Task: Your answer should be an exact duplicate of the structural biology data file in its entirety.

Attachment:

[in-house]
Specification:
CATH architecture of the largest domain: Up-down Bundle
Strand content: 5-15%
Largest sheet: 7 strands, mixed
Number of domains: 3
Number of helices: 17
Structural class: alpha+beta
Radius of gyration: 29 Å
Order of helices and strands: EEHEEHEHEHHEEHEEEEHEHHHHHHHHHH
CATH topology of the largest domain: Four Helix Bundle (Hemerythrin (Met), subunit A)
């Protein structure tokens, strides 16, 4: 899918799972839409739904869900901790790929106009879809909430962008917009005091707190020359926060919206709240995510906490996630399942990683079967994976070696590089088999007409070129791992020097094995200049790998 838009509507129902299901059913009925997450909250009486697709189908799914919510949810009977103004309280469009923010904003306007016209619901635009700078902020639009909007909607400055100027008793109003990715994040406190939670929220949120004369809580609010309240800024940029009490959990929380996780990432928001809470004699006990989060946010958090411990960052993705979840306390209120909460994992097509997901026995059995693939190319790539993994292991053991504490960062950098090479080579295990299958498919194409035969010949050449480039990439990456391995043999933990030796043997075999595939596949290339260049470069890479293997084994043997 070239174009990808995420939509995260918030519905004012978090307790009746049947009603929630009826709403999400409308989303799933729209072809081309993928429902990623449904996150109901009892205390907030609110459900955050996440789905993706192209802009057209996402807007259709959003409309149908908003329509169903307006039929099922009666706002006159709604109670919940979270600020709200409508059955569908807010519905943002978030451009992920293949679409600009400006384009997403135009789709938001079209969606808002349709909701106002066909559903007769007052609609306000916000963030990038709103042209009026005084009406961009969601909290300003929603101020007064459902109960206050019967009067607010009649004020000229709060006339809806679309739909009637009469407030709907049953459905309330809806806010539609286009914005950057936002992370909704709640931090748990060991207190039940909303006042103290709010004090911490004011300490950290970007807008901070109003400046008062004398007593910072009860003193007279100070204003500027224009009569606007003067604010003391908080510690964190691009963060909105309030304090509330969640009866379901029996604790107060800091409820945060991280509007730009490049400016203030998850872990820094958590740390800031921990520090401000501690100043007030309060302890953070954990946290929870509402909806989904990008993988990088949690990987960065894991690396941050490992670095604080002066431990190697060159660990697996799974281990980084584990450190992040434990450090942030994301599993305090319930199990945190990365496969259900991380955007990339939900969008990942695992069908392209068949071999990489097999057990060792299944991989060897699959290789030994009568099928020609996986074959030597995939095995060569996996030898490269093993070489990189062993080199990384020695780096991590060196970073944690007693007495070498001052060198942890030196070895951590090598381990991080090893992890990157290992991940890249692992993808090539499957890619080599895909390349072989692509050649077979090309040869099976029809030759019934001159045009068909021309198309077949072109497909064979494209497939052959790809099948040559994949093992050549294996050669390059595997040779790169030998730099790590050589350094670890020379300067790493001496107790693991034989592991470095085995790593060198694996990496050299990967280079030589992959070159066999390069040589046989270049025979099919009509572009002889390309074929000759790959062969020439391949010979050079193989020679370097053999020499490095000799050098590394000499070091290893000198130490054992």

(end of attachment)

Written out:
[in-house]
Specification:
CATH architecture of the largest domain: Up-down Bundle
Strand content: 5-15%
Largest sheet: 7 strands, mixed
Number of domains: 3
Number of helices: 17
Structural class: alpha+beta
Radius of gyration: 29 Å
Order of helices and strands: EEHEEHEHEHHEEHEEEEHEHHHHHHHHHH
CATH topology of the largest domain: Four Helix Bundle (Hemerythrin (Met), subunit A)
């Protein structure tokens, strides 16, 4: 899918799972839409739904869900901790790929106009879809909430962008917009005091707190020359926060919206709240995510906490996630399942990683079967994976070696590089088999007409070129791992020097094995200049790998 838009509507129902299901059913009925997450909250009486697709189908799914919510949810009977103004309280469009923010904003306007016209619901635009700078902020639009909007909607400055100027008793109003990715994040406190939670929220949120004369809580609010309240800024940029009490959990929380996780990432928001809470004699006990989060946010958090411990960052993705979840306390209120909460994992097509997901026995059995693939190319790539993994292991053991504490960062950098090479080579295990299958498919194409035969010949050449480039990439990456391995043999933990030796043997075999595939596949290339260049470069890479293997084994043997 070239174009990808995420939509995260918030519905004012978090307790009746049947009603929630009826709403999400409308989303799933729209072809081309993928429902990623449904996150109901009892205390907030609110459900955050996440789905993706192209802009057209996402807007259709959003409309149908908003329509169903307006039929099922009666706002006159709604109670919940979270600020709200409508059955569908807010519905943002978030451009992920293949679409600009400006384009997403135009789709938001079209969606808002349709909701106002066909559903007769007052609609306000916000963030990038709103042209009026005084009406961009969601909290300003929603101020007064459902109960206050019967009067607010009649004020000229709060006339809806679309739909009637009469407030709907049953459905309330809806806010539609286009914005950057936002992370909704709640931090748990060991207190039940909303006042103290709010004090911490004011300490950290970007807008901070109003400046008062004398007593910072009860003193007279100070204003500027224009009569606007003067604010003391908080510690964190691009963060909105309030304090509330969640009866379901029996604790107060800091409820945060991280509007730009490049400016203030998850872990820094958590740390800031921990520090401000501690100043007030309060302890953070954990946290929870509402909806989904990008993988990088949690990987960065894991690396941050490992670095604080002066431990190697060159660990697996799974281990980084584990450190992040434990450090942030994301599993305090319930199990945190990365496969259900991380955007990339939900969008990942695992069908392209068949071999990489097999057990060792299944991989060897699959290789030994009568099928020609996986074959030597995939095995060569996996030898490269093993070489990189062993080199990384020695780096991590060196970073944690007693007495070498001052060198942890030196070895951590090598381990991080090893992890990157290992991940890249692992993808090539499957890619080599895909390349072989692509050649077979090309040869099976029809030759019934001159045009068909021309198309077949072109497909064979494209497939052959790809099948040559994949093992050549294996050669390059595997040779790169030998730099790590050589350094670890020379300067790493001496107790693991034989592991470095085995790593060198694996990496050299990967280079030589992959070159066999390069040589046989270049025979099919009509572009002889390309074929000759790959062969020439391949010979050079193989020679370097053999020499490095000799050098590394000499070091290893000198130490054992």